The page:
When the judges first asked us about our biggest achievement in engaging people and culture through tourism we pointed to our success in disrupting Ilha’s unfair tourism practices that were making it very difficult for local people to get jobs. At that time in 2011, tourism was controlled by a handful of outsiders who privileged the Portuguese view of history and the promotion of idealised colonial values over an appreciation of local historical perspectives, culture or lifestyle. In practice what this meant was that anyone who’d memorized a few relevant pages of the Lonely Planet was considered more qualified to be leading a group of curious Japanese tourists around the island than a local of 25 years standing.

Talk about a Red Rag to a Bull! We knew this wasn’t right and we knew we had the experience to do something about it so we returned to Ilha in 2012 and hooked up with the Missangueiros.

The name Missangueiro is derived from the Missanga glass beads that are still traded on the island, and the Missangueiros are the Ilha version of Zanzibar or Phuket’s beach boys; young, underemployed men who fill their time scanning the busy streets and narrow lanes for opportunities, such as the arrival of two fresh faces like ours.

Sparking up relationships with the Missangueiros was easy. The promise of something different to do was enough to get them interested, and we quickly established a program that involved a range of experiential learning activities like site visits, role plays, problem solving games, even a bit of cooking and the occasional doco or Hollywood film.

In other words, we were capacity building to equip these guys with the skills and confidence to take up future opportunities where their local knowledge and experiences would be highly valued.

Then for our next trick – we magic’d up these ‘future opportunities’.

Even though we’ve been involved in tourism for years and have plenty of industry know-how, getting a business up and running here on Ilha involved a steep learning curve for us. To be able to deliver on our promise of interesting and fun cultural immersions we first had to get a proper appreciation of what this destination was all about. This involved lots of exploration of Ilha’s Stone Town and the Bairros, the surrounding sea and nearby archipelago, all in the company of friends, fishermen and guides – excellent fun and brilliant adventure. We followed this with a period of trial and error; developing activities to be ‘road tested’ on willing travellers and tweaked until we got it just right.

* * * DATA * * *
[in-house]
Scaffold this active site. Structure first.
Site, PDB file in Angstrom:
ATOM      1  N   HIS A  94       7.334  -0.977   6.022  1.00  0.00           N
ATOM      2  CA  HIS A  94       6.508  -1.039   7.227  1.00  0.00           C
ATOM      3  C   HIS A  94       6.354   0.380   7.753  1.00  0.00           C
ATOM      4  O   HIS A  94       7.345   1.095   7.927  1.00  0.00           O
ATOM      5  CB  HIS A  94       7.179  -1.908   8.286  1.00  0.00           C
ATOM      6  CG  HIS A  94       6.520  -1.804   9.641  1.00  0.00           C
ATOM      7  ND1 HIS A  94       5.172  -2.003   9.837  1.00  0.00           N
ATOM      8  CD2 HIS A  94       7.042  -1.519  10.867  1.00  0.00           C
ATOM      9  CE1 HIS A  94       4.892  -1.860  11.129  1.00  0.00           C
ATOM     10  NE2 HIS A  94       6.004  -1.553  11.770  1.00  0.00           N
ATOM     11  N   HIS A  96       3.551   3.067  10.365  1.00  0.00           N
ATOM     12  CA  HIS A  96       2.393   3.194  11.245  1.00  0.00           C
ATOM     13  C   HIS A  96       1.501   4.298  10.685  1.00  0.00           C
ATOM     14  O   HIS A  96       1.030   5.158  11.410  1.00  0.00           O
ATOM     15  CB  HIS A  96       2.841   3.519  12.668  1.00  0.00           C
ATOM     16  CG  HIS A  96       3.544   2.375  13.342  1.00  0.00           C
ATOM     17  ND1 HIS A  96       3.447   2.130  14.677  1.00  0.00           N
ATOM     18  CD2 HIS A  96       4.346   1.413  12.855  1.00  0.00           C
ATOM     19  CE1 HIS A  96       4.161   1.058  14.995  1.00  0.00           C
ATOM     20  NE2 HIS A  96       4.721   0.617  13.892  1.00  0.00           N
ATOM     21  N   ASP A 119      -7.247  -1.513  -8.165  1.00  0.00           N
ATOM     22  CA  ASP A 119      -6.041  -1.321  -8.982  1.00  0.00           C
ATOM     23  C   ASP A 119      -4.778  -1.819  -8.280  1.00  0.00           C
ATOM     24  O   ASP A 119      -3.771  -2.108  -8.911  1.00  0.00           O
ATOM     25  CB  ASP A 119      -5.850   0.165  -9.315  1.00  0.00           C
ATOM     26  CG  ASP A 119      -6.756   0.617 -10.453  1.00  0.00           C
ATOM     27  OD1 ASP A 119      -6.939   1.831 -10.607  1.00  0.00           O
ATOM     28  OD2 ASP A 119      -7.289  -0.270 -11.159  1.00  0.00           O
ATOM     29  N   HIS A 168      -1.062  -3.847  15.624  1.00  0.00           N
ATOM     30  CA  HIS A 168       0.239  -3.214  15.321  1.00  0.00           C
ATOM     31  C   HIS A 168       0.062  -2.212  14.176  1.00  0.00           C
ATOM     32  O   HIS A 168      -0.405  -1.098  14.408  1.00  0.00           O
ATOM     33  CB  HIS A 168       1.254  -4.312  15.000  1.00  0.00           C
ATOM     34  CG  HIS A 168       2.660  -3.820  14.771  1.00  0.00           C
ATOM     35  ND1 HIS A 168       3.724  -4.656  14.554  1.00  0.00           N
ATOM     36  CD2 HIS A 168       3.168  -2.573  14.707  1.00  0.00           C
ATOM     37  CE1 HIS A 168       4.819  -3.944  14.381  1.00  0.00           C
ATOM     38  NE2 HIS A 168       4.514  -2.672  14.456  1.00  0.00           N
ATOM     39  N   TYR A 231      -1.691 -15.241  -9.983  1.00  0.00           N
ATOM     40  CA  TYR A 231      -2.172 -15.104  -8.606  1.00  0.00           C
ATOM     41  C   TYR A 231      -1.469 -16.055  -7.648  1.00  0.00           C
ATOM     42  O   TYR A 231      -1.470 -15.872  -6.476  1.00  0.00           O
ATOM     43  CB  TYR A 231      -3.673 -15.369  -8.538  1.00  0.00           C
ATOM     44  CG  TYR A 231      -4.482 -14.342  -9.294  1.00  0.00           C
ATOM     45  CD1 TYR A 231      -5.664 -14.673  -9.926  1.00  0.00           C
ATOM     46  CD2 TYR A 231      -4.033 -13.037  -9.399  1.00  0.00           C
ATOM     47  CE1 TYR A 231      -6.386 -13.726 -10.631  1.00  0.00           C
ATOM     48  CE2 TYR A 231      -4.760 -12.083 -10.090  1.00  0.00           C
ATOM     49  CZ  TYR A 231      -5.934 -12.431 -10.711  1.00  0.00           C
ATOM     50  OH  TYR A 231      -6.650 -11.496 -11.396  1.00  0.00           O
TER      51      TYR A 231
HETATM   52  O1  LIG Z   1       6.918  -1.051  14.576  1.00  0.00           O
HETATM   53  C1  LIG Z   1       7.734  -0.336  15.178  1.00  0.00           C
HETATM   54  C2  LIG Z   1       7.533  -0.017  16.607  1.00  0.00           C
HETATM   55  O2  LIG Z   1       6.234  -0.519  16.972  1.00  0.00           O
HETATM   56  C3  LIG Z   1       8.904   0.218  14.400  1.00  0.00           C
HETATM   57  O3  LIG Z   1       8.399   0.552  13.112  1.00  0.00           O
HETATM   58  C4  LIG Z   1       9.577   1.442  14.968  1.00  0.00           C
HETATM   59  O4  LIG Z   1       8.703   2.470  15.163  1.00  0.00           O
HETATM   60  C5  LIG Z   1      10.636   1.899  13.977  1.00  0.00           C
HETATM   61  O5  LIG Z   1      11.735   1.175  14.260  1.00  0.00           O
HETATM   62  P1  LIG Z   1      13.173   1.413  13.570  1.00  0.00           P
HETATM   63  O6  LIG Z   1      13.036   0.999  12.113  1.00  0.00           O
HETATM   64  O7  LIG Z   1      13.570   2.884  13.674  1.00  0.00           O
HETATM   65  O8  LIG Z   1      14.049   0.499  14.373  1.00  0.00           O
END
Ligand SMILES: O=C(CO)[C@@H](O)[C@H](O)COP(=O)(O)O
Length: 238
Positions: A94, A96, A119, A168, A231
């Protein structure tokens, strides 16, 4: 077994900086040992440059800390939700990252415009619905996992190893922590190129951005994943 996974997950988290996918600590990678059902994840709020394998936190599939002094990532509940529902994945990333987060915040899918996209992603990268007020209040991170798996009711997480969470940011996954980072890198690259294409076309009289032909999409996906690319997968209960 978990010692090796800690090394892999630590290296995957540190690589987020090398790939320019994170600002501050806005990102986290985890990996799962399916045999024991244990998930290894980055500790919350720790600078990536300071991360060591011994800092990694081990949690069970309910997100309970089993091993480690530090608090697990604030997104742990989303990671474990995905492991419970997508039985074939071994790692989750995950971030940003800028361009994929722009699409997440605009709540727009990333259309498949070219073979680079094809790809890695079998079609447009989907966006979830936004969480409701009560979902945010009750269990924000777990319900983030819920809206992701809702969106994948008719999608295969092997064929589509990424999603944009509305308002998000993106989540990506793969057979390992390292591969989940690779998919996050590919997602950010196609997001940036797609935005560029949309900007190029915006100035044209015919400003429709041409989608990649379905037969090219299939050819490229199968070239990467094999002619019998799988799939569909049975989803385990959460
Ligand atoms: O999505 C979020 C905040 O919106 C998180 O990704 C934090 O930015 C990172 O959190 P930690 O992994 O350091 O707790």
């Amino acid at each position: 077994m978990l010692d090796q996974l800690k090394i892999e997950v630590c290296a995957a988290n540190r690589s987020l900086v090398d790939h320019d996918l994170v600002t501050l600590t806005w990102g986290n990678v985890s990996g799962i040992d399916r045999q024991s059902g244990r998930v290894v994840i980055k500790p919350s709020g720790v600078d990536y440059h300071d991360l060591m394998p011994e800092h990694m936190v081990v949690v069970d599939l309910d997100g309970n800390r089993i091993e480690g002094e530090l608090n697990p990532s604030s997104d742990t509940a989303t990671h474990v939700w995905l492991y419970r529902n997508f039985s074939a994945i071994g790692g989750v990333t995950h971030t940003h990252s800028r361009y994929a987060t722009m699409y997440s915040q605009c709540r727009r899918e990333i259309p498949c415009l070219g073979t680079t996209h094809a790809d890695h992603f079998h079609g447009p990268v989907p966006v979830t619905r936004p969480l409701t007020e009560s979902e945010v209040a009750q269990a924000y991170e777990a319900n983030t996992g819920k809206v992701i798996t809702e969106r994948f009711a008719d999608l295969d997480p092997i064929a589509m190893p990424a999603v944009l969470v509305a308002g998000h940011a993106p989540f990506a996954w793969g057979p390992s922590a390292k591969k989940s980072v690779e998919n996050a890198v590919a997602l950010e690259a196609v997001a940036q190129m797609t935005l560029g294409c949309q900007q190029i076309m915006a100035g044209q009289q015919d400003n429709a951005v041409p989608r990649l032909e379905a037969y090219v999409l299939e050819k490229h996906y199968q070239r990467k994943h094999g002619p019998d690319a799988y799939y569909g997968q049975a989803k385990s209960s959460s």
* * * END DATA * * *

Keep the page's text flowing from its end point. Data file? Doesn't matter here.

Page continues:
In this way we were able to create a range of responsible tourism products that immersed visitors in the local lifestyle, and encouraged them to get actively involved as a way to learn about and to better understand local perspectives. Through this process we did something that we are very proud of, we changed the expectations of visitors coming to Ilha. So now, just about all visitors expect to be shown around by a local, they are much more keen to gain a local perspective and know that locals are the best people for the job. This might sound obvious now but it wasn’t how it happened five years ago.